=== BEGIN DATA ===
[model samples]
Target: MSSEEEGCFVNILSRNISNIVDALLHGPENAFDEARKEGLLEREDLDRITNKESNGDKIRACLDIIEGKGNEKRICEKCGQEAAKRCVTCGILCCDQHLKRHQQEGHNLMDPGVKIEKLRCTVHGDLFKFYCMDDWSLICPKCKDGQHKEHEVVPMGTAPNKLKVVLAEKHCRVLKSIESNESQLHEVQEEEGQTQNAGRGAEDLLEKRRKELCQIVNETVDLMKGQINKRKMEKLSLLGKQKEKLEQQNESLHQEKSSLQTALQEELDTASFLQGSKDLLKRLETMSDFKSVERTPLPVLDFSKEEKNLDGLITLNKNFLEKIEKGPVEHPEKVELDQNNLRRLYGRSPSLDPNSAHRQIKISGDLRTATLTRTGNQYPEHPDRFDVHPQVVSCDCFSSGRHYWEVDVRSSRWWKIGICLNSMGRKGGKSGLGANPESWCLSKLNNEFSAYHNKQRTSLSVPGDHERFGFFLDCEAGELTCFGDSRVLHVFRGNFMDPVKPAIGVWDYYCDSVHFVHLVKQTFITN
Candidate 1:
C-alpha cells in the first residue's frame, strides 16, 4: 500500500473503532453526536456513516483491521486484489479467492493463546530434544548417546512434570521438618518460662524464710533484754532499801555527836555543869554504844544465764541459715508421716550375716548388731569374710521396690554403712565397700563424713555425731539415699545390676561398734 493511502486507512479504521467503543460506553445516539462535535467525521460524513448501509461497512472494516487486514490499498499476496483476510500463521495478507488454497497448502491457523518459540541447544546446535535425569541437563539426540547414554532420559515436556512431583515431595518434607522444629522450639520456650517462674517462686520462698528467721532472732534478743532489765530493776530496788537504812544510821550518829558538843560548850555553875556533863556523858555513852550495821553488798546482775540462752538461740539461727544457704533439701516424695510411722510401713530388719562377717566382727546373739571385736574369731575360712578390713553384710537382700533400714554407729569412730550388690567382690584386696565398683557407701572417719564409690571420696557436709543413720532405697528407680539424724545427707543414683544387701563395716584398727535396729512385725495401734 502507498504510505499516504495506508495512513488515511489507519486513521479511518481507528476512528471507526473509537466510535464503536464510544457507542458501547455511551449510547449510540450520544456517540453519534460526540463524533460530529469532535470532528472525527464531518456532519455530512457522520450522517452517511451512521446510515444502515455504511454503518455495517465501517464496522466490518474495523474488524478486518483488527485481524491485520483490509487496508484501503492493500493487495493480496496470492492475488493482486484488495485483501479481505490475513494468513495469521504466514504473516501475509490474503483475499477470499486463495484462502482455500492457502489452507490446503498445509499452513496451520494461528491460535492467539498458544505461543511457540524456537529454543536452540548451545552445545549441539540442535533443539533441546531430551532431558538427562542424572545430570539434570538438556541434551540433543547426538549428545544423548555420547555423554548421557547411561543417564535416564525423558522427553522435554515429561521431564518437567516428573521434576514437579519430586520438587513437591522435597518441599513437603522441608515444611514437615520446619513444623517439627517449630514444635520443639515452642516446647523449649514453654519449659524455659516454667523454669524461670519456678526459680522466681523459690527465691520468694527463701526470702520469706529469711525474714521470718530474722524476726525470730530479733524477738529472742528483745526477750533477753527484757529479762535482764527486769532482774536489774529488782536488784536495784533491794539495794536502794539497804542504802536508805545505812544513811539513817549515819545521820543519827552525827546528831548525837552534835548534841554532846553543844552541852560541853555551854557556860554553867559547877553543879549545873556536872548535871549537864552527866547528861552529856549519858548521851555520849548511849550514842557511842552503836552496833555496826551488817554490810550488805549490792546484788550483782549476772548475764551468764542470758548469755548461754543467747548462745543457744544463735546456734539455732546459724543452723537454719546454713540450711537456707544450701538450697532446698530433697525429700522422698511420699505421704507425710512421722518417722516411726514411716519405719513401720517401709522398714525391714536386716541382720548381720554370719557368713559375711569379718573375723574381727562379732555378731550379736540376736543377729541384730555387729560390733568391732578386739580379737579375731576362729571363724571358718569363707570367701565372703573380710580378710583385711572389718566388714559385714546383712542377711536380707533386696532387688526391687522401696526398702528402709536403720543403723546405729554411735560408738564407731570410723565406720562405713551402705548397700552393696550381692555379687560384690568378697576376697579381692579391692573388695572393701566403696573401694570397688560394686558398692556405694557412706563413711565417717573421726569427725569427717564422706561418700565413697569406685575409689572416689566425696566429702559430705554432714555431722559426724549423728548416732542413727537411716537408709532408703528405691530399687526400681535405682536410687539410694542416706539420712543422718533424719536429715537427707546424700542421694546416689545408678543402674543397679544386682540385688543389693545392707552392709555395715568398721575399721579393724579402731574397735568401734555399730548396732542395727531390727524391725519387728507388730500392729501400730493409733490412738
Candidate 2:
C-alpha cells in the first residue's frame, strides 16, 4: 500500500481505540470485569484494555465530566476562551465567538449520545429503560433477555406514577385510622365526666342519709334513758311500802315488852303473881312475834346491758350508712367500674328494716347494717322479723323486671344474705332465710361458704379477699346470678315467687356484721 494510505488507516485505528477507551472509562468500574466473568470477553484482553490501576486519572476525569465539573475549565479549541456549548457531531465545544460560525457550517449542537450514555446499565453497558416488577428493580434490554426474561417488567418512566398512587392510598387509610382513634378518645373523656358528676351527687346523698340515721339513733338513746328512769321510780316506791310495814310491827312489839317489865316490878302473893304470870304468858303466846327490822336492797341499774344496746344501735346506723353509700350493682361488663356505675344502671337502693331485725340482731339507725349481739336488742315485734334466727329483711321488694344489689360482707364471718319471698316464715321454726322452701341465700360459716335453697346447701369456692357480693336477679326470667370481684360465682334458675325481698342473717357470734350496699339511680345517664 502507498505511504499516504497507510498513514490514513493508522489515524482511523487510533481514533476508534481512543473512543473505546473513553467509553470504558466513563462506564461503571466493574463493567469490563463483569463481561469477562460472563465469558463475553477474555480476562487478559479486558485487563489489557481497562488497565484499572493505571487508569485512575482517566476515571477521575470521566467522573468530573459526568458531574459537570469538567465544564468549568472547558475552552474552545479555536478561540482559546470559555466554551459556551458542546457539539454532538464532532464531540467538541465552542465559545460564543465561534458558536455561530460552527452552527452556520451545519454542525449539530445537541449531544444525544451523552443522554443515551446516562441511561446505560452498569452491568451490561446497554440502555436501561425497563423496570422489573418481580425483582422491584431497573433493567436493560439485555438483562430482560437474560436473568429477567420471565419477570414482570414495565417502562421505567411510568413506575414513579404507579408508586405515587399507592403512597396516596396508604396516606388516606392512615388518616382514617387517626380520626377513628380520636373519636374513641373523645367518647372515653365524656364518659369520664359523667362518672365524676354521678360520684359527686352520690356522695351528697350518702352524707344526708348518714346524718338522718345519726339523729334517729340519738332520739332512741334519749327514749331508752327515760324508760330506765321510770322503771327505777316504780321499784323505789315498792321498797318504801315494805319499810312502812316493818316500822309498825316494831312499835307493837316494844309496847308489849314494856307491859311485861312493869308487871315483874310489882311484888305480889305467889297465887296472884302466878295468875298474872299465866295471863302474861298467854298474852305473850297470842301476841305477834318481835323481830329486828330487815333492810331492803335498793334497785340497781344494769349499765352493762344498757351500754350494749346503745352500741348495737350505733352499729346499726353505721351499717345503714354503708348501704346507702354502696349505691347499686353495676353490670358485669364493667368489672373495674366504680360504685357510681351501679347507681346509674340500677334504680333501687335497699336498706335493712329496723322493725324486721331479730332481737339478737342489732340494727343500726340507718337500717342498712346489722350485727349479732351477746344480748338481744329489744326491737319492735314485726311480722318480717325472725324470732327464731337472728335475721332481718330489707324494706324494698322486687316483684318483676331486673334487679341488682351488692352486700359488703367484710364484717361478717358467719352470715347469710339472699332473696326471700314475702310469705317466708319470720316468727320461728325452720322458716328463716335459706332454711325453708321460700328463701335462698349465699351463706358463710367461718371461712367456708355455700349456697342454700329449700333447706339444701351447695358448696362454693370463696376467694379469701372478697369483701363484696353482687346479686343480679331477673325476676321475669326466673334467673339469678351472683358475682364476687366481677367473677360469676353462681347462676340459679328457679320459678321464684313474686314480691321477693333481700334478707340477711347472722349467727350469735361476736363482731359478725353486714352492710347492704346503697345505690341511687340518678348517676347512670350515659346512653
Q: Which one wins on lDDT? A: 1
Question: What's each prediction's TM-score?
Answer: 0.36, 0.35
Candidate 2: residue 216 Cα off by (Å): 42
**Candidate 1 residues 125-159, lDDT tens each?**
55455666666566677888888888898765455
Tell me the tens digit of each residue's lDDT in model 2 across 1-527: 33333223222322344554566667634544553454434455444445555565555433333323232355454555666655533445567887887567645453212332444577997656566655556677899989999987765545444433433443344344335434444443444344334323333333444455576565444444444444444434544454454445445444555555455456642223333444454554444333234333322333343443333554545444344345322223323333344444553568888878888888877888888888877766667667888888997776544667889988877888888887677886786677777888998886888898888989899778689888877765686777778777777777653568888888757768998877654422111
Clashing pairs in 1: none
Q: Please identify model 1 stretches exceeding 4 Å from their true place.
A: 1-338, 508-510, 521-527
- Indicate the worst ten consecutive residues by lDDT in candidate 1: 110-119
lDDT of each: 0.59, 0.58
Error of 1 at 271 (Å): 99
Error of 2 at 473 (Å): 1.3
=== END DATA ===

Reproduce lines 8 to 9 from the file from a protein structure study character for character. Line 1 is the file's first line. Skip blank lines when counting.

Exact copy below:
Question: What's each prediction's TM-score?
Answer: 0.36, 0.35